It is from here to Chandrataal that can be called a driver’s real test, not that the ones before that were any easier. But these, these roads were narrow. These dangerously slim roads gave me a bit of an adrenaline rush. I do like to be on the knife edge on my travels, its helps me push my boundaries.

After making the tough journey, we went all the way till the end point beyond which the cabs cannot go. From here, it’s a short walk down to the lake. You would think that the walk is effortless but at 14,000 ft, even talking requires an effort, especially when you come from a lower altitude. Your body needs time to adjust to low oxygen levels and is sure as hell not prepared for any kind of physical activity.

But we had to make the walk down to the lake, so we did. It really was a short walk. About 1km of straight hiking and you see the emerald green and blue lake in the distance. If I had any strength in me after making the long journey, I would run to the lake and hug it. I have never seen so many colors in nature together. They blended so well with one another and looked like a divine scheme of sorts. I just sat there, looking long and hard at the hype that is called Chandrataal or the moon lake, and thinking in my head, it is worth every ounce of sweat that went into getting here.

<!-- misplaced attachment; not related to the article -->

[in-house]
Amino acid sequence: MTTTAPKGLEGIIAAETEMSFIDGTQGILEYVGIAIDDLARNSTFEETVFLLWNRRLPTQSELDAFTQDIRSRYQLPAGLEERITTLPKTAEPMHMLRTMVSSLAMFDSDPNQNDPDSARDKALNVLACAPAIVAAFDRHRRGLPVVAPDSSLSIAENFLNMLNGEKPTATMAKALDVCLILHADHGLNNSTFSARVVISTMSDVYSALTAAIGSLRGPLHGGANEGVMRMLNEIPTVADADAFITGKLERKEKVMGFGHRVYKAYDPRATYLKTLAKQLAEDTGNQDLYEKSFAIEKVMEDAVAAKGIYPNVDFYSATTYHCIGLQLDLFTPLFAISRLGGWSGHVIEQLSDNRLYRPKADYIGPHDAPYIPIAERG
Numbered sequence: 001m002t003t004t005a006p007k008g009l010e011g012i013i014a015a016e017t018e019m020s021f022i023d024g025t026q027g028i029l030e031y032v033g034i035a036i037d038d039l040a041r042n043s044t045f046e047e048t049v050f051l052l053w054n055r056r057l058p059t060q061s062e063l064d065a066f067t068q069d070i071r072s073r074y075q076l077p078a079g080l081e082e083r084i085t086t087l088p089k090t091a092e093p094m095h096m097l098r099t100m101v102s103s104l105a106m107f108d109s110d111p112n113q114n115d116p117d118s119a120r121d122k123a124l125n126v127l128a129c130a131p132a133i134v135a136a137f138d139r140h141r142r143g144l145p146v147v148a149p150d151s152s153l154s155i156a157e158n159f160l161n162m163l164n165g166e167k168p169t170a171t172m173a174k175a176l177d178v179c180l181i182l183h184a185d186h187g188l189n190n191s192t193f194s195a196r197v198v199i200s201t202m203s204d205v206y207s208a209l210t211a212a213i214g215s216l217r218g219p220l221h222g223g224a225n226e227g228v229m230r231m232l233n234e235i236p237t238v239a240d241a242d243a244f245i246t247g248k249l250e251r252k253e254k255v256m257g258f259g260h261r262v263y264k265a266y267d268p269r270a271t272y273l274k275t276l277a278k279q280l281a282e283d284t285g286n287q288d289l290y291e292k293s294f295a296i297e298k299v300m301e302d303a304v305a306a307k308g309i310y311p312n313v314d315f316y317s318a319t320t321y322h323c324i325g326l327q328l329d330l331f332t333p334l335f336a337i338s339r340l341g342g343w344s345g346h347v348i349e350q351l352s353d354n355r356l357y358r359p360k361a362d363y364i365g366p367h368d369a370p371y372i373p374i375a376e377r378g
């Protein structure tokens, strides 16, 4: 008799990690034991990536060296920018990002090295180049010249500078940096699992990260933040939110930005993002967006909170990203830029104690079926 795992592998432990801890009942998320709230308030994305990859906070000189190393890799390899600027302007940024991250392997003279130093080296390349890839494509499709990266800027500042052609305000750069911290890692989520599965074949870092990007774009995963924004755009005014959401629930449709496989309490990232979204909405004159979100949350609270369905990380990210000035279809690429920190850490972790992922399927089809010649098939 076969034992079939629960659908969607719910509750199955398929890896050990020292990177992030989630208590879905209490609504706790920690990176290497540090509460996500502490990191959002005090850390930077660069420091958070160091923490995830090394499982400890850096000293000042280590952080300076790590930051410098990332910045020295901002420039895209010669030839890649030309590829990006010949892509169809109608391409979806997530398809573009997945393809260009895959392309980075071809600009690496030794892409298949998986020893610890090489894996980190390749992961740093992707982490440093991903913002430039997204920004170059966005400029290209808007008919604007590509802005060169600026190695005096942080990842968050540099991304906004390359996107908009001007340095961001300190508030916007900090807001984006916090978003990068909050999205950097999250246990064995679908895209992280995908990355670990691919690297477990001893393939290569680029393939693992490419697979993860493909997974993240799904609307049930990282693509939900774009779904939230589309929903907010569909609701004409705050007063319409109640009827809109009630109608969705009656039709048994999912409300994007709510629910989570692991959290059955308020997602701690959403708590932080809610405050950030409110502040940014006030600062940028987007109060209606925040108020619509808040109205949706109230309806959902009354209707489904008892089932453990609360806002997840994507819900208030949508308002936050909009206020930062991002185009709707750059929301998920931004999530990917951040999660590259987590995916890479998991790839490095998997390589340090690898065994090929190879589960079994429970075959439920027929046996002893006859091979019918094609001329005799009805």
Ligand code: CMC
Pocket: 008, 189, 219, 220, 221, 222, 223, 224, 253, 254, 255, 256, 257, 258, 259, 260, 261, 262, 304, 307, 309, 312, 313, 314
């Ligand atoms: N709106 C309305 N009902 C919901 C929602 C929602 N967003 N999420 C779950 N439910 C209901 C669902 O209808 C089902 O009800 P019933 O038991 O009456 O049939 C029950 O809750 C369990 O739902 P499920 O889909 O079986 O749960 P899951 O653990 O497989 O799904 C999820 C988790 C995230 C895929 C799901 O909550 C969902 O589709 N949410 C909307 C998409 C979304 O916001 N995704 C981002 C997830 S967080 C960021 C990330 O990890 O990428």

Soon it started to get dark and we had to find our camps before that. So we painfully say our goodbyes to the gorgeous lake that was changing colors with the setting sun. As we were departing, we promised we will be there again. Next time, give it more respect and sit by its shores to admire its natural beauty.

Last time I went here, I went in a cab, mapping the roads along the way. This time, I want to do justice to it and earn my spot by its lake side. #TripotoTakeMeToHampta

1 Comment(s)
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Hey Kanika You wrote it down beautifully. I have been to Chandratal Lake after my trek to Hampta Pass (2016). It was surreal, the most beautiful thing i have ever seen. Am doing treks regularly from last 7-8 years now & this place is my favorite. Gonna visit again soon. Thanks for reminding me :)
Thu 11 22 18, 15:16 · Reply · Report